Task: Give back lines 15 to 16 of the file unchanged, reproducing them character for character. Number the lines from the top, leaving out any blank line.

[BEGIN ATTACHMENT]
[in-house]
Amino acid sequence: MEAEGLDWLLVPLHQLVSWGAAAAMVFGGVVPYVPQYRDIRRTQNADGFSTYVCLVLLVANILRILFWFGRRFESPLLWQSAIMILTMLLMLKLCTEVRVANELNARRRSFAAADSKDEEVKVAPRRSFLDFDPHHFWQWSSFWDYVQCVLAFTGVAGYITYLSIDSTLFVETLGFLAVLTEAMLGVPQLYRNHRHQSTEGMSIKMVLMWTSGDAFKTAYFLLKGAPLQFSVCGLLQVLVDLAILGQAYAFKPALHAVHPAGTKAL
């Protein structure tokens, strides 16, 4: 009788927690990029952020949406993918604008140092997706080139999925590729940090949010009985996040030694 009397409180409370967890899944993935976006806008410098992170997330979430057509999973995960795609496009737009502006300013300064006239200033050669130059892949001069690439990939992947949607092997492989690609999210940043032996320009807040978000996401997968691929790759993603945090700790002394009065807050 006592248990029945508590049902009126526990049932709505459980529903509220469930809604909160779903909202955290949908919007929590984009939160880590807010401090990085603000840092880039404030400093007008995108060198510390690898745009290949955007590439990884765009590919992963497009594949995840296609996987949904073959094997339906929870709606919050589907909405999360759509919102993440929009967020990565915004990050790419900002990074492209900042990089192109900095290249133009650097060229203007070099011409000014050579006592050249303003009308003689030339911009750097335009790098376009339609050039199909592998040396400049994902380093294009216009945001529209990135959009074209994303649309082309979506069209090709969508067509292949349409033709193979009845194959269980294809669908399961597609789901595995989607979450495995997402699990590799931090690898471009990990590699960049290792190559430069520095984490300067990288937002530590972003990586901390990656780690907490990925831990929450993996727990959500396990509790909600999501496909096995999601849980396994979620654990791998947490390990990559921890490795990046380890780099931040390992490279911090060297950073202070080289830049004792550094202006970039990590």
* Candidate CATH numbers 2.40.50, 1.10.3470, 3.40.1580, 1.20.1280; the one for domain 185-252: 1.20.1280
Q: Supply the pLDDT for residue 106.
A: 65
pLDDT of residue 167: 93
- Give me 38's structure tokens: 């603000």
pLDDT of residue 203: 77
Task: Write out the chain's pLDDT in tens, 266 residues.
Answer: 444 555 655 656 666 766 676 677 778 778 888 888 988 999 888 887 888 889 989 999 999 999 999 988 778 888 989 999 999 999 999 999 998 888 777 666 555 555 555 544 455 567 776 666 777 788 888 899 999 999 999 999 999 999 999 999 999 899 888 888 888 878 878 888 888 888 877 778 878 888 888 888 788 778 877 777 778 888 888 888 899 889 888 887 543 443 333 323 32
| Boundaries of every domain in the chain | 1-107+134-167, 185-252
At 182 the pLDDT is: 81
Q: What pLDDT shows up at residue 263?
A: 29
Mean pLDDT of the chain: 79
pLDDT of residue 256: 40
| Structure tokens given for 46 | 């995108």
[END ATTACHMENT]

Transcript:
A: 29
Mean pLDDT of the chain: 79